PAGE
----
What is your advice to Indie Authors? b) On writing? c) Marketing?
a) Tenacity. b) Write. c) Step our of your comfort zone if you are not one who likes to aggrandize and self-promote. It’s just something you must do and have to do.

Music or silence? If music, what do you normally listen to?
Silence except for my tinnitus.

What is/are your book(s) about?
Non-conforming behaviors of a well-brought up Southern Belle. Think Margaret Mitchell. If you don’t know her background, think Scarlett. One in the same.

What is something memorable you have heard from your readers/fans?
Laughter. When I hear them laughing during my speaking engagements or they tell me they relate to an essay I have written and laughed, I’m good to go.

What book that you have read has most influenced your life? Why?
As a retired high school English teacher one might think I’d put forth a more serious book for consideration. But in 1978 I was twenty-five and a coming of age story affected me by one quote in the book. It was THE LAST CONVERTIBLE by Anton Myrer and the quote was, “Life is fair. It hurts everyone.” With this awakening and my middle and high school students whining about “That isn’t fair!” or such statements, I busted out that quote. Of course there were other books I loved, but at that moment in time, I identified with that character’s statement.

Who is your favorite author? If you could ask this author one question, what would you ask?
I want to say Harper Lee and telling her Southern story of injustice but I have to admire the female courage of Margaret Mitchell who put herself out there and personally stayed true to herself. I feel like I know what her answer would be to this question, “Was your maverick behavior worth it?”

What gives you inspiration for your book(s)?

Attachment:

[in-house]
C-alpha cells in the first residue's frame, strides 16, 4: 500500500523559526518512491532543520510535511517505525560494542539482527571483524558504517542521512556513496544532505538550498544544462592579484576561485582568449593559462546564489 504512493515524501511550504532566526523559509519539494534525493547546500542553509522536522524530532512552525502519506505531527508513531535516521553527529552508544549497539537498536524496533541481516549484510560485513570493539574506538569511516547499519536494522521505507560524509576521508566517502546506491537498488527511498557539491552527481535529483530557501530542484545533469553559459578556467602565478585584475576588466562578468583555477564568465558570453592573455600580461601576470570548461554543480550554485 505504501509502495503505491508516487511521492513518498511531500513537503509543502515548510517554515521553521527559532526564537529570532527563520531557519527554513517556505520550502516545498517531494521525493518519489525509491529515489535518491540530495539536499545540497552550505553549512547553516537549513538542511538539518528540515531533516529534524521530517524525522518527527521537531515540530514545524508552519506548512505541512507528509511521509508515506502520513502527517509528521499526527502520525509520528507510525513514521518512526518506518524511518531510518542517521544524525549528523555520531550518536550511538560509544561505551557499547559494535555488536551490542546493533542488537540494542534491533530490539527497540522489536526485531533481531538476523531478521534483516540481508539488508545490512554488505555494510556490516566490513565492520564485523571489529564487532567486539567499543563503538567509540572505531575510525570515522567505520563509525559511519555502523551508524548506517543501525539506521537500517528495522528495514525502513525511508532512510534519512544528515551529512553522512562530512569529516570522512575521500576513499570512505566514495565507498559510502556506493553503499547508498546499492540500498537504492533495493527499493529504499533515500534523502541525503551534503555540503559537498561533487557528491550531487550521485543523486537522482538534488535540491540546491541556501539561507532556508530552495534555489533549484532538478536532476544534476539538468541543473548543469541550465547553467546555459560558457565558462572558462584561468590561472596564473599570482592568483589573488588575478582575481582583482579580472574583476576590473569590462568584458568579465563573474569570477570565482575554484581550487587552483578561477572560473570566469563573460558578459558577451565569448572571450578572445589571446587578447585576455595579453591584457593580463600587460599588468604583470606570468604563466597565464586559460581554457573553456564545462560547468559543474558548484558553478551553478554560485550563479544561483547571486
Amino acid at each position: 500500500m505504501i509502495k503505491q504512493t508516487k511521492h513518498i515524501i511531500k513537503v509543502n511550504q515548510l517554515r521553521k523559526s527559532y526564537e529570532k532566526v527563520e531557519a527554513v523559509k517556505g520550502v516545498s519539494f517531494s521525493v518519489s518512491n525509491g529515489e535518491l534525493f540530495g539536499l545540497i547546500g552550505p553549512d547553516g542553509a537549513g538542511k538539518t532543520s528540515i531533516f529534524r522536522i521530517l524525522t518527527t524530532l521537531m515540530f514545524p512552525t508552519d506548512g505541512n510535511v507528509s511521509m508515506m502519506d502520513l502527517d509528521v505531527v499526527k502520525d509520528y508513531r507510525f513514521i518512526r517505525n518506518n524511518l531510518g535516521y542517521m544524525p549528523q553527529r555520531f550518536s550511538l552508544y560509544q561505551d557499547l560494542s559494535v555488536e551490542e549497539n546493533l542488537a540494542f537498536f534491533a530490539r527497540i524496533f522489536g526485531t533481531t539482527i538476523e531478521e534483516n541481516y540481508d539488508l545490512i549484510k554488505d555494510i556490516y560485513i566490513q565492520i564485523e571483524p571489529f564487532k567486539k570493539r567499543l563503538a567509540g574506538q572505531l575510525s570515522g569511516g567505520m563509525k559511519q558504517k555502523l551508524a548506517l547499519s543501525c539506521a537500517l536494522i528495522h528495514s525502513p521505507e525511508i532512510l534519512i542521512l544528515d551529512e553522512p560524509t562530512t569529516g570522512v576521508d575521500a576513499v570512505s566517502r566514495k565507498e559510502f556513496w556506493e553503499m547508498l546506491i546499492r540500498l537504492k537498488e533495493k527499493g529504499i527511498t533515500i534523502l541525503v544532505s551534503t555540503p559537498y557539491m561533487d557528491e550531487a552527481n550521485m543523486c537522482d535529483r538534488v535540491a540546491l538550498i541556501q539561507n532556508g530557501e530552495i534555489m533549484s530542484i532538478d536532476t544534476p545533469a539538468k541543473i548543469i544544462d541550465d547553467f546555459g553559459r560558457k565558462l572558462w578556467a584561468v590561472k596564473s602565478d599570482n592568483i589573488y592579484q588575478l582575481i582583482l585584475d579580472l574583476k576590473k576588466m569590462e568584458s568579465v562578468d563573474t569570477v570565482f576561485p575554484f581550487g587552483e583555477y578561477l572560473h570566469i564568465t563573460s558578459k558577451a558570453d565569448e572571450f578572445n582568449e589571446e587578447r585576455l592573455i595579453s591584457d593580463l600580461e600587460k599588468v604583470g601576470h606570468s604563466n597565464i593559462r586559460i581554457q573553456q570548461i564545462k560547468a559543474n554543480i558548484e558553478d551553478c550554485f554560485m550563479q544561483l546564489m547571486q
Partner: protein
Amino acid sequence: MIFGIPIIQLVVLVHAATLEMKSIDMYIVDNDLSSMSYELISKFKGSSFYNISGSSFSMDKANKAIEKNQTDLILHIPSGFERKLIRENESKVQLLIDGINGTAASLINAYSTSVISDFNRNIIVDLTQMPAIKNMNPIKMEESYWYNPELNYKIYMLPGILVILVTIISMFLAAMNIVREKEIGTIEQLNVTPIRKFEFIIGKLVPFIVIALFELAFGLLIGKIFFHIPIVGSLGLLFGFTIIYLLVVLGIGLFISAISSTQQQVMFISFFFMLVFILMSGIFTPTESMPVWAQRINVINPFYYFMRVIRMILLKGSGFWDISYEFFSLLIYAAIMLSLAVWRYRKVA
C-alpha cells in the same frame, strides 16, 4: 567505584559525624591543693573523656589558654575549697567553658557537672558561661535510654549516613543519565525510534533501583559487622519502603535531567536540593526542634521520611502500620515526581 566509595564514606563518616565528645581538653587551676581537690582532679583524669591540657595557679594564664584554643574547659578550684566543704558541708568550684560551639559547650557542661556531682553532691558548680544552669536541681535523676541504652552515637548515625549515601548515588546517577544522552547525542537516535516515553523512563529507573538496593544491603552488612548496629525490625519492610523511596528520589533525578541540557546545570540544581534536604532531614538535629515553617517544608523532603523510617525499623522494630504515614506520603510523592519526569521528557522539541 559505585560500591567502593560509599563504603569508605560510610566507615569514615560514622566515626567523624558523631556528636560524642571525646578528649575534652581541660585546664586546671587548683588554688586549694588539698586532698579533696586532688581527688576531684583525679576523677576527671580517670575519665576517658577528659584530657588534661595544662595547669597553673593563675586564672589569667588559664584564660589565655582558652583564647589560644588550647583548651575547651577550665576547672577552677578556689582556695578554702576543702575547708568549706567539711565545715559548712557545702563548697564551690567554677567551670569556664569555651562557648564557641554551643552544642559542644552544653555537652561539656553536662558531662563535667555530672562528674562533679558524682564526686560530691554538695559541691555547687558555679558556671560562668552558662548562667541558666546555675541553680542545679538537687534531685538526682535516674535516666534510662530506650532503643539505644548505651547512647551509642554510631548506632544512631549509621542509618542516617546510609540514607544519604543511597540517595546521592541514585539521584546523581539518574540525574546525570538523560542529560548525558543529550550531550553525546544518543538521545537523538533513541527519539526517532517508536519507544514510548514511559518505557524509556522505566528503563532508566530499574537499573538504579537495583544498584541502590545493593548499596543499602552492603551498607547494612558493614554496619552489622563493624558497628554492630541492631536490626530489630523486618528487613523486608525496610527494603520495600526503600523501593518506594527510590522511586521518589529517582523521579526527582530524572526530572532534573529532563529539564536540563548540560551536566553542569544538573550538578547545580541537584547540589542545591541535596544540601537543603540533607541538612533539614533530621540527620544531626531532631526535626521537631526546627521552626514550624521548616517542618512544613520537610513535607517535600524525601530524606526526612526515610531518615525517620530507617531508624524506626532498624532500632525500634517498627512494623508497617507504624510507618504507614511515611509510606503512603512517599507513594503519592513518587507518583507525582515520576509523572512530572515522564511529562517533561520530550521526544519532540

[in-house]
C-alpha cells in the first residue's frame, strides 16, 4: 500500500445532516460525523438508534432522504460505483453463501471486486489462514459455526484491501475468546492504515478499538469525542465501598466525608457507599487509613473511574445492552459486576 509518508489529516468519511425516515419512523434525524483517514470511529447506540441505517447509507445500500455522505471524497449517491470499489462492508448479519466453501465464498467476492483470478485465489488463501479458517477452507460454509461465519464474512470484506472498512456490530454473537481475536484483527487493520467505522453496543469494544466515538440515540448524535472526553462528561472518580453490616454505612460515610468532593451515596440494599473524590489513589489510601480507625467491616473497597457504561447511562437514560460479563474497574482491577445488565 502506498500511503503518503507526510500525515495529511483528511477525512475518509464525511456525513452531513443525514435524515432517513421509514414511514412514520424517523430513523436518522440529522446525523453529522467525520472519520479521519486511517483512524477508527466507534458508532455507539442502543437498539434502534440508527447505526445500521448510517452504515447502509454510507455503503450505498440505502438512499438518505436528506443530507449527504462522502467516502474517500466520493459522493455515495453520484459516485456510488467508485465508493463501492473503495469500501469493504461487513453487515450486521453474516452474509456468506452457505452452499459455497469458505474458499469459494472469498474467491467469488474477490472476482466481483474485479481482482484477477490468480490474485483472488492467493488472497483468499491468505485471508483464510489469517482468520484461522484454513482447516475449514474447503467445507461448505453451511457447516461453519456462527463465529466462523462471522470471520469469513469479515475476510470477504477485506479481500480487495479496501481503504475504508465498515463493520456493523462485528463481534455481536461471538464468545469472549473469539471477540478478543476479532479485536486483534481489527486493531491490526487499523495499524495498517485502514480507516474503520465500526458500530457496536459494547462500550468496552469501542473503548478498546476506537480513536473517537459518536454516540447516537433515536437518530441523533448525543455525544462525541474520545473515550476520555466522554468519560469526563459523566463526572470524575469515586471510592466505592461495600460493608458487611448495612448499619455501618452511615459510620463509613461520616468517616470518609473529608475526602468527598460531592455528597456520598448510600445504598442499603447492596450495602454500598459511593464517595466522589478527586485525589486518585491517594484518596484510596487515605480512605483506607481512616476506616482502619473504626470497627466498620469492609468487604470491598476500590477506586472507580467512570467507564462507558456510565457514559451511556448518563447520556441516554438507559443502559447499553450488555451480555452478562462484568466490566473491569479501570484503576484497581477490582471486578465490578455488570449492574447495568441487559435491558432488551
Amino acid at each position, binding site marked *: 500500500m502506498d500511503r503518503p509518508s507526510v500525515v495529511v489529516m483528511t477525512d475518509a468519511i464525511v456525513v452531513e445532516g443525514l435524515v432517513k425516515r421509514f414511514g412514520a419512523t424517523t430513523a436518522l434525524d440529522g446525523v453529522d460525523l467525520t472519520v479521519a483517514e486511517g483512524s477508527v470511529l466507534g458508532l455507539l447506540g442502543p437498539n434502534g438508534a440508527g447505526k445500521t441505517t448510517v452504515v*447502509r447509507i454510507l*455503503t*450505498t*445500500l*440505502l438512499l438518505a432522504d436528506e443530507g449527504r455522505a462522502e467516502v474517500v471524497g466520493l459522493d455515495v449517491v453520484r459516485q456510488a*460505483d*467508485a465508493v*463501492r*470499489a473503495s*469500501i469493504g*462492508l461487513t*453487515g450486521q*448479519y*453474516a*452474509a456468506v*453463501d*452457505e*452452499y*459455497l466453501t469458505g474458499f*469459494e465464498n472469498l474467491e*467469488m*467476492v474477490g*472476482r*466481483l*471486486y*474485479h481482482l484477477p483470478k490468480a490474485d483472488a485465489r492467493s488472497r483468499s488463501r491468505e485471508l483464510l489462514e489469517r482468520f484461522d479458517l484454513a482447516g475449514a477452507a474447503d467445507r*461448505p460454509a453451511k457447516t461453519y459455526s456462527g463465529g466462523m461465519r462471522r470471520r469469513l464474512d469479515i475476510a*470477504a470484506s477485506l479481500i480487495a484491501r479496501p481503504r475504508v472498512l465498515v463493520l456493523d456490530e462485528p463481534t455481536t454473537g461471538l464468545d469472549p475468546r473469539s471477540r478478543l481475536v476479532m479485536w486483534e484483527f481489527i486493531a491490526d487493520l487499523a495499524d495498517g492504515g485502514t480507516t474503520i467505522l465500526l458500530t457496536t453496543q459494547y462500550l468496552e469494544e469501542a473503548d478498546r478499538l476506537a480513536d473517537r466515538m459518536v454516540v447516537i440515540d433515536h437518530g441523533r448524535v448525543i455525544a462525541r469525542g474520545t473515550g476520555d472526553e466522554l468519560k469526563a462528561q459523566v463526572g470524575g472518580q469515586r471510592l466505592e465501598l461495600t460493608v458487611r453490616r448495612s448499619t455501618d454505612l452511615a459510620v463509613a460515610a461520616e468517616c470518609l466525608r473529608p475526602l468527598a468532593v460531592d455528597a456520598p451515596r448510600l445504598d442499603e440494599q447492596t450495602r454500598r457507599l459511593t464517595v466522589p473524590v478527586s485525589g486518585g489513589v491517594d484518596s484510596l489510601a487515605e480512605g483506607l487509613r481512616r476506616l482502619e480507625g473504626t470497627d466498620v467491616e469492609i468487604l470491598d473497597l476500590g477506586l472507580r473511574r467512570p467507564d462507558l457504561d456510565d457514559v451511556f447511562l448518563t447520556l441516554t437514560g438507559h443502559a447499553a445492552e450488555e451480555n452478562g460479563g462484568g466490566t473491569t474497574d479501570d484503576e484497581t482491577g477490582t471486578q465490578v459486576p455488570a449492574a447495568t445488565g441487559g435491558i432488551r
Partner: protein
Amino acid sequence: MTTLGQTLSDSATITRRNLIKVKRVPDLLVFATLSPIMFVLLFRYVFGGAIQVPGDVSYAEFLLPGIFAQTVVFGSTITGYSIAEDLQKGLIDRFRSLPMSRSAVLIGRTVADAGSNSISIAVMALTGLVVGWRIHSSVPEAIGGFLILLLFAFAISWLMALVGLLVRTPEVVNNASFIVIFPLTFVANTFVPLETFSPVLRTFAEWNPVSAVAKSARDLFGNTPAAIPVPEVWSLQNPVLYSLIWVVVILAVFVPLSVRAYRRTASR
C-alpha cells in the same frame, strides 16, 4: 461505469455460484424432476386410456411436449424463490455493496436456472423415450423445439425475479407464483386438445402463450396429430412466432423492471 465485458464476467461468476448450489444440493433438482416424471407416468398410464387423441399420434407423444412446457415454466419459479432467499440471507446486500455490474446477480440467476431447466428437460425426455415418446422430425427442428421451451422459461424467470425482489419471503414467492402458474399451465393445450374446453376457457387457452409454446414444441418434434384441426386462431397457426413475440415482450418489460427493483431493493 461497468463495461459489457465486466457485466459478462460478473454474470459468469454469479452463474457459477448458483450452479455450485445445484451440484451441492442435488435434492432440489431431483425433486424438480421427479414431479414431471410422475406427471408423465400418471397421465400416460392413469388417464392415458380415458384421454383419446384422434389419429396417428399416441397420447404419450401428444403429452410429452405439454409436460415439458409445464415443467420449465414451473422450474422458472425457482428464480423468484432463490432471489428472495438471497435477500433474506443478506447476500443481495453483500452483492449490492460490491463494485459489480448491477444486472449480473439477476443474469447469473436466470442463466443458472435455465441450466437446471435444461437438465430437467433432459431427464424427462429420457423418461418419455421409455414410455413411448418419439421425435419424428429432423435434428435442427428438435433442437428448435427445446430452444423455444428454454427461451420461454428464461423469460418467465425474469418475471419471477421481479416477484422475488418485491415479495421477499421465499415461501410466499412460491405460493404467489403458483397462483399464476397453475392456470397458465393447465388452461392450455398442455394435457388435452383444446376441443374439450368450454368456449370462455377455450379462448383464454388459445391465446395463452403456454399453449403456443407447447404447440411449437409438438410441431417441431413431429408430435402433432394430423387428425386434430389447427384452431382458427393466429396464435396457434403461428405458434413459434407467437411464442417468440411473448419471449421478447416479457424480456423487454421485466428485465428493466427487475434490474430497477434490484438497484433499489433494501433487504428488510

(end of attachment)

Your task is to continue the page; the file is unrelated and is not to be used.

Ill-timed behaviors, practical jokes, inept verbiage, wild excursions, and wacky real-life personalities.

Are your characters based off real people or did they all come entirely from your imagination?
My characters ARE real people.

Could you tell us a bit about your most recent book and why it is a must-read?
On Facebook recently someone wrote that she was getting tired with the downer “must read” book club books and wishes she could find a good book that would make her laugh. She said she had not laughed out loud since The Divine Secrets of the Ya Ya Sisterhood. With all the harsh worldly news today, a book to make your sides hurt from laughing would be a good thing. I think these short essay humor books sharing a slice of life from unconventional but real behaviors are just the ticket to get out of the doldrums. But make sure you are wearing your “I-am-not-overly-sensitive-to-political-incorrectness” glasses because we’re having none of that in these true stories of yester-year. It happened the way the story is told and that’s that.

What do you love most about the writing process?
I like thinking about how the storylines unravel in my brain while I am writing. I like creating suspense by starting a simple story and then taking the reader down a rabbit hole with a parallel story, usually, which makes the reader think they are getting another kind of adventure but then bringing them back up for air and for the punch-line or resolution. It’s all about keeping them engaged with your narrative. Think Twain. And when I do, I think of The Celebrated Jumping Frog of Calaveras County. What a yarn that was. Bottom line: man plays trick with frog to win a bet.

What is the biggest surprise that you experienced after becoming a writer?
I have a publishing contract!

Tell us a little about your plans for the future. Where do you see yourself as a writer in five years?